Judge Krell’s referral was directed to Christine Hoffman, Chief of the Corruption Bureau of the Office of the Attorney General. On September 20, 2011, Ms. Hoffman wrote in an official letter, “the Division of Criminal Justice will not pursue criminal charges at this time. This matter is being forwarded to your office for your review and whatever action you deem appropriate.”

And to whom is this letter addressed? To Mr. Robert Giles, Director, Division of Elections. This is like asking the fox to investigate whether proper security measures have been installed at the henhouse. Does this instill confidence in the integrity of elections in New Jersey?

Plaintiffs have asked that Judge Krell assign a special master to investigate all irregularities associated with the June 8, 2011 primary election, including the erasure of the information concerning hardening guidelines. The recent turn of events shows why an independent investigation should take place in Cumberland County.

Open Access to Scholarly Publications at Princeton

In its September 2011 meeting, the Faculty of Princeton University voted unanimously for a policy of open access to scholarly publications:

“The members of the Faculty of Princeton University strive to make their publications openly accessible to the public. To that end, each Faculty member hereby grants to The Trustees of Princeton University a nonexclusive, irrevocable, worldwide license to exercise any and all copyrights in his or her scholarly articles published in any medium, whether now known or later invented, provided the articles are not sold by the University for a profit, and to authorize others to do the same. This grant applies to all scholarly articles that any person authors or co-authors while appointed as a member of the Faculty, except for any such articles authored or co-authored before the adoption of this policy or subject to a conflicting agreement formed before the adoption of this policy. Upon the express direction of a Faculty member, the Provost or the Provost’s designate will waive or suspend application of this license for a particular article authored or co-authored by that Faculty member.

“The University hereby authorizes each member of the faculty to exercise any and all copyrights in his or her scholarly articles that are subject to the terms and conditions of the grant set forth above. This authorization is irrevocable, non-assignable, and may be amended by written agreement in the interest of further protecting and promoting the spirit of open access.”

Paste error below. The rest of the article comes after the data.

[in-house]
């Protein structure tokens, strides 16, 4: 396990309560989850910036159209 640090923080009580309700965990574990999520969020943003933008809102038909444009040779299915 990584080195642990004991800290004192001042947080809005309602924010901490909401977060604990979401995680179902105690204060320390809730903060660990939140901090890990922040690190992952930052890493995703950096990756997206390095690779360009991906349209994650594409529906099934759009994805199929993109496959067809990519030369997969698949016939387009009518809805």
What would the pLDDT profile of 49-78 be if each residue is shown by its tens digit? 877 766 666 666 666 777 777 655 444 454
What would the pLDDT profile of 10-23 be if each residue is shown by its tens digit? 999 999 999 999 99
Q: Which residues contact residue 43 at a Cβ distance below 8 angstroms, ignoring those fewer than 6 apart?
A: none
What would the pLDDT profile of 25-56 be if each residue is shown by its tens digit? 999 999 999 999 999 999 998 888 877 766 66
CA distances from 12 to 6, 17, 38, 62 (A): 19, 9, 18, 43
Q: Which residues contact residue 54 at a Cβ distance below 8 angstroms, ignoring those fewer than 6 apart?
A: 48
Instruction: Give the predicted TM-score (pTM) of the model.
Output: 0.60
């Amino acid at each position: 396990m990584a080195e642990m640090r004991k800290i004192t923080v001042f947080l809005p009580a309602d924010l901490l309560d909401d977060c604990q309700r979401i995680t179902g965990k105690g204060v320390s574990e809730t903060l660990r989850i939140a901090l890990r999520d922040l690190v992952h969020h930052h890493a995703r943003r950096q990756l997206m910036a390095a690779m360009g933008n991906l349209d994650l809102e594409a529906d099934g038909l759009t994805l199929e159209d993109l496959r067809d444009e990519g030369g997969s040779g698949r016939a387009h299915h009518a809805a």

Basically, this means that when professors publish their academic work in the form of articles in journals or conferences, they should not sign a publication contract that prevents the authors from also putting a copy of their paper on their own web page or in their university’s public-access repository.

Most publishers in Computer Science (ACM, IEEE, Springer, Cambridge, Usenix, etc.) already have standard contracts that are compatible with open access. Open access doesn’t prevent these publishers from having a pay wall, it allows other means of finding the same information. Many publishers in the natural sciences and the social sciences also have policies compatible with open access.

But some publishers in the sciences, in engineering, and in the humanities have more restrictive policies. Action like this by Princeton’s faculty (and by the faculties at more than a dozen other universities in 2009-10) will help push those publishers into the 21st century.

The complete report of the Committee on Open Access is available here.

What happens when the printed ballot face doesn't match the electronic ballot definition?

Part 4 of 4. Complete 4-part series available here.
The Sequoia AVC Advantage is an old-technology direct-recording electronic voting machine. It doesn’t have a video display; the candidate names are printed on a large sheet of paper, and voters indicate their choices by pressing buttons that are underneath the paper. A “ballot definition” file in an electronic cartridge associates candidate names with the button positions.

Clearly, it had better be the case that the candidate names on the printed paper match the candidate names in the ballot-definition file in the cartridge! Otherwise, voters will press the button for (e.g.,) Cynthia Zirkle, but the computer will record a vote for Vivian Henry, as happened in a recent election in New Jersey.

How do we know that this is what happened? As I reported to the Court in Zirkle v. Henry, the AVC Advantage prints the names of candidates, and how many votes each received, on a Results Report printout on a roll of cash-register tape. The printout reads, in this case,